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Tringen profits down 58%

Sunday, May 14, 2017

Point Lisas-based ammonia producer Trinidad Nitrogen Company Ltd (Tringen) on Thursday reported a 58 per cent decline in its profit after tax for the year ended December 31, 2016, with its profit after tax of $114.6 million in 2016 compared with $273.7 million in 2015.

Tringen reported net sales 0f $1.38 billion in 2016, which was 29 per cent less than in 2015, when the company had net sales of $1.95 billion.

Contributing to the reduction in net revenue was the lower international ammonia market prices, which decreased by 40 per cent in 2016 compared to 2015. Natural gas curtailments also contributed to the company’s reduced revenues and profits.

Tringen chairman Carl Chatoor, in his report, said gas curtailment for the period 2011 to 2016 resulted in a cumulative loss of about 500,000 tonnes of production.

In his outlook for 2017, Chatoor stated: “Ongoing gas curtailment will continue to negatively impact the company’s production and financial performance.

“The global ammonia prices saw an upward movement throughout the first quarter of 2017 due to widespread ammonia production closures and disruptions in Russia, Ukraine as well as the Middle East.

“The international ammonia market prices are expected to hold until the end of the second quarter and taper off in the third and fourth quarters.”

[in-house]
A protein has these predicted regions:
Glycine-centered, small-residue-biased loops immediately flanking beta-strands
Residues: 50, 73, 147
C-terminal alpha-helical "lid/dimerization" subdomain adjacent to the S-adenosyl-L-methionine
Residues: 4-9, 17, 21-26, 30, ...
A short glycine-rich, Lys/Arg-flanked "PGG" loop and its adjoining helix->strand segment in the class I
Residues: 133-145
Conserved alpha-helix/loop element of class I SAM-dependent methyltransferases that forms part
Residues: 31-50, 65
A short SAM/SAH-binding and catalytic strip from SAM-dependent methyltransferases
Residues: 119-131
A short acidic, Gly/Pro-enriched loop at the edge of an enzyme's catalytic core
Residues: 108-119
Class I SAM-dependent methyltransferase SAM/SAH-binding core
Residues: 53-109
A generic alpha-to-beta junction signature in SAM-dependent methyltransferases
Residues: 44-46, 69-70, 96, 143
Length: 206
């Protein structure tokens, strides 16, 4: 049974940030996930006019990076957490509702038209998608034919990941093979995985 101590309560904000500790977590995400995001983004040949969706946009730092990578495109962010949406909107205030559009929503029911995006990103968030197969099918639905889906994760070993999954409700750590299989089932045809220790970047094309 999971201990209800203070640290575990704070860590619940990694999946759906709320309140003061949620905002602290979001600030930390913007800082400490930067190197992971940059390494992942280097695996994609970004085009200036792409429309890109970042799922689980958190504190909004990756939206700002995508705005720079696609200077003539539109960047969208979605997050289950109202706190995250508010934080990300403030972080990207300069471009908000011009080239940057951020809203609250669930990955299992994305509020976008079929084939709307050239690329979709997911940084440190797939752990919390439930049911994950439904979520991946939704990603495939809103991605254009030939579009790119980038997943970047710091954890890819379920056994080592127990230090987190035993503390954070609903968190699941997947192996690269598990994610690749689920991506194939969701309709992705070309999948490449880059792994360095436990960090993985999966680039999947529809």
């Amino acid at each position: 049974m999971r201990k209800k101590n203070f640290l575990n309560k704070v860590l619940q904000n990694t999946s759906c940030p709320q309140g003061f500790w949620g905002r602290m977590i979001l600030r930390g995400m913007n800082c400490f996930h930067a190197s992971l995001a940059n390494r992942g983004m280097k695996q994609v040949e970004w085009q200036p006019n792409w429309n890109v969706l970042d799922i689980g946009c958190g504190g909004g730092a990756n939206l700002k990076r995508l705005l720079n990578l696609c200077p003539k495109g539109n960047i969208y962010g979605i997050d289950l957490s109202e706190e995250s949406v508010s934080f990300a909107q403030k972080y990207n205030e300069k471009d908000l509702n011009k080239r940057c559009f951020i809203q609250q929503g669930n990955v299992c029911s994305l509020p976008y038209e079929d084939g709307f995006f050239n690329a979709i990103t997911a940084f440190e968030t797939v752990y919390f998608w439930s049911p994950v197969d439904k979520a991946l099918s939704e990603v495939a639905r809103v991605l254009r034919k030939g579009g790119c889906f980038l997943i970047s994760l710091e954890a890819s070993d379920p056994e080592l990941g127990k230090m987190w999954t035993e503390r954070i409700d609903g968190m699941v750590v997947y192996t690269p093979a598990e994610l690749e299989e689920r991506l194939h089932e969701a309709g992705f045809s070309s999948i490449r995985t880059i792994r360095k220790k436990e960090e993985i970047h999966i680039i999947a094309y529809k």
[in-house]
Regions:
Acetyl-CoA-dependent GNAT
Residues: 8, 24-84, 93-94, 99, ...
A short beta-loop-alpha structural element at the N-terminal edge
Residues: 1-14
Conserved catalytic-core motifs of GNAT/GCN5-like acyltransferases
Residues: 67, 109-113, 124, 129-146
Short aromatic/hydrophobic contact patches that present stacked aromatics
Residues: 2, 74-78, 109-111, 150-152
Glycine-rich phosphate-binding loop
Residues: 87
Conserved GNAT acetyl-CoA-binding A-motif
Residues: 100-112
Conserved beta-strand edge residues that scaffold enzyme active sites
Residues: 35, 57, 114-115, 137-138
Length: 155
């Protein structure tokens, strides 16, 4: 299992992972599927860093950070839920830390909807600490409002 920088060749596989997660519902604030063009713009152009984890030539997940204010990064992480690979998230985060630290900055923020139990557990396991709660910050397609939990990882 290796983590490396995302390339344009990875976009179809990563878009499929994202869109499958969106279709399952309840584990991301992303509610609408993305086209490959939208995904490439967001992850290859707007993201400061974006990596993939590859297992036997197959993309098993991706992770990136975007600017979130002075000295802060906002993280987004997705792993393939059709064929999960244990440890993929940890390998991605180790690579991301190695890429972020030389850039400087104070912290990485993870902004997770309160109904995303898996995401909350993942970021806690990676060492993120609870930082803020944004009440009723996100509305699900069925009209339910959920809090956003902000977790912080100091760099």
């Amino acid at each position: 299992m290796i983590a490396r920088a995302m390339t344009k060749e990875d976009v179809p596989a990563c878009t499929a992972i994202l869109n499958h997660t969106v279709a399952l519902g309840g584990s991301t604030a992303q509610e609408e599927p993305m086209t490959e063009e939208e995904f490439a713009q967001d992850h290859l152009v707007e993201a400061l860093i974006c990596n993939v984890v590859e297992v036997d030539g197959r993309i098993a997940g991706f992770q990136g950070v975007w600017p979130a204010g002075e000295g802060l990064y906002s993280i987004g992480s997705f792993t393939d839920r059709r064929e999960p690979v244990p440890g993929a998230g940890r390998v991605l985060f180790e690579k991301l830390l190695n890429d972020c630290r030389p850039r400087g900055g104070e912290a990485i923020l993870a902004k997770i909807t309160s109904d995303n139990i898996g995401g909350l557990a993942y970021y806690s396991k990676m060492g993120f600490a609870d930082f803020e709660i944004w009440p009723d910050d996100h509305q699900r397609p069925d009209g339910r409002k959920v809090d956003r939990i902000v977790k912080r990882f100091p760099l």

Tringen is 51-per cent owned by National Enterprises Ltd, which is publicly listed on the local stock market, and 49 per cent owned by Norwegian fertiliser giant Yara International. For its first quarter, Yara International reported a bigger-than-expected drop in core earnings as prices fell and the cost of natural gas, a key ingredient in production, continued to rise.

“Yara reports a weaker result than a year earlier, reflecting lower fertiliser prices and margins. However, we delivered increased sales volumes, both for fertiliser and industrial products,” Chief Executive Svein Tore Holsether said.

Operating profit before depreciation and amortisation (EBITDA), excluding special items, fell by 34 per cent to 3.34 billion Norwegian crowns ($390.19 million), while analysts had predicted a 23 per cent drop to 3.88 billion crowns.


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